savagedragonBF: So Image Comics is going to have an awesome digital platform?

EL: Oh, I think so. I think that it comes from creative people. Creative people have creative ideas. There is just a lot that can be done there. It could strive.

BF: In US comics you’re pretty unique with your one-man run on Savage Dragon. Here in Europe stuff like that is more common. Can you explain that?

EL: Most comics in America are work-for-hire. Most people don’t own their own characters. Because of that they don’t have the investment in those characters that they would have otherwise. And at the same time the publishers can go: “this artist is falling behind”. It’s easier to replace an artist that’s falling behind when they don’t own the characters. It’s really easy to go “let’s get another Spider-Man artist because Todd McFarlane can’t get his act together”. In Europe or on Savage Dragon here is the guy that created and owns the character. And isn’t about to let someone else touch it. It’s this guy or no one at all. I would like to see more of that. I like to see more people be on a book that are essentially married to the book and commited to bring us more adventures. I don’t think that it’s likely to change in the United States at Marvel and DC. The only place were that happens is at companies like Image where you own your characters and do what you want with them.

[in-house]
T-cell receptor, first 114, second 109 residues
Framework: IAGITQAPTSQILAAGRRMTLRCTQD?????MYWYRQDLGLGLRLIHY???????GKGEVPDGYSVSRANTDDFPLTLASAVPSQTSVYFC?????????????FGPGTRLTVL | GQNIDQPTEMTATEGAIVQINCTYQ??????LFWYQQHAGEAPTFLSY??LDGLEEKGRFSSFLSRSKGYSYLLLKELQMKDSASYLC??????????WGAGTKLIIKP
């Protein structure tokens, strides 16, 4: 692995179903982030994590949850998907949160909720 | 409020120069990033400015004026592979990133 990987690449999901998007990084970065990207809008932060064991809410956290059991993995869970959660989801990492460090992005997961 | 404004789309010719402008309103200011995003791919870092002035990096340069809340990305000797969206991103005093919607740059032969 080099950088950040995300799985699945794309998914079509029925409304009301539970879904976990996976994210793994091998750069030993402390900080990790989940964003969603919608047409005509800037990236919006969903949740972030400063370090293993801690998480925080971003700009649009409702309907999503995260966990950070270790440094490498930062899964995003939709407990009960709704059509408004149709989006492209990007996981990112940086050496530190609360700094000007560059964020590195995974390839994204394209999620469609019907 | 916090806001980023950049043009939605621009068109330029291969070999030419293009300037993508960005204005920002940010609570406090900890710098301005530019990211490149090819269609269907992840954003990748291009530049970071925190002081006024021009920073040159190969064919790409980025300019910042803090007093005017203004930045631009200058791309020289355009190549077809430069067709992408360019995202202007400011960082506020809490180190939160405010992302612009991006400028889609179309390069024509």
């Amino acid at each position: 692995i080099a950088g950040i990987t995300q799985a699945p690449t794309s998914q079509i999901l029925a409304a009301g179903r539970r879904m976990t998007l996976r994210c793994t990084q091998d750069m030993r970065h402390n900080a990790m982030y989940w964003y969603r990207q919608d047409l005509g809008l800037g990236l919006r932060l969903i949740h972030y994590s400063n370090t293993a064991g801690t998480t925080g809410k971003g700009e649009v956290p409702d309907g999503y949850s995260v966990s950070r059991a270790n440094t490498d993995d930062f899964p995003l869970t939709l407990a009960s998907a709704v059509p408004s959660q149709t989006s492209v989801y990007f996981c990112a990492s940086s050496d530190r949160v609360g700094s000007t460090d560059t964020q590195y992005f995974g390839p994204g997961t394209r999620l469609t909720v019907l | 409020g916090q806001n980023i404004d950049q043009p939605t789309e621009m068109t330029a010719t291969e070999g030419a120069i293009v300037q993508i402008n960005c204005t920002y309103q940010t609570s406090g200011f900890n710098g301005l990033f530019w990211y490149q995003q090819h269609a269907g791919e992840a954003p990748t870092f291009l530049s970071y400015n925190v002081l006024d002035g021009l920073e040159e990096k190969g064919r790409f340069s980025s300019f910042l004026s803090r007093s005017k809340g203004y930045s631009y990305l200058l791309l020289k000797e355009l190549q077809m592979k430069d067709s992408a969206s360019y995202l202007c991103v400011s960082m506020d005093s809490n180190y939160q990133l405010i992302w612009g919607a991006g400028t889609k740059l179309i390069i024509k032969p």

savagedragon_makobiteBF: In Belgium we have Spike and Suzy..

EL: I don’t know that one.

BF: Are you familiar with the Franco-Belgian comics scene?

EL: Tintin is big over there. Everybody knows Tintin. And The Smurfs. But we really didn’t get the comics. The cartoons were popular. But I guess that most people don’t know that the Smurfs started out as a comic book.

BF: Spike and Suzy is pretty old and had a very long run here. It still does. But when the creator died he had some very strict rules about what can or cannot be done with the characters. Do you have something in your will for Savage Dragon?

EL: Once I die? I don’t think I should…Well at that point it’s: “I don’t care”. I’m out of this Savage Dragon business at this point. If my wife or my kids want someone else to work on it: have at it guys!

BF: Thank you for your time!

The Savage Dragon #192 is in stores now. Next month, the series will undergo a radical change and a “new beginning” with The Savage Dragon #193.


The Savage Dragon #193 bij archonia.com

The Savage Dragon volume 1 – Baptism of Fire TP bij archonia.com

Spider-Man: Revenge of the Sinister Six Prem HC bij archonia.com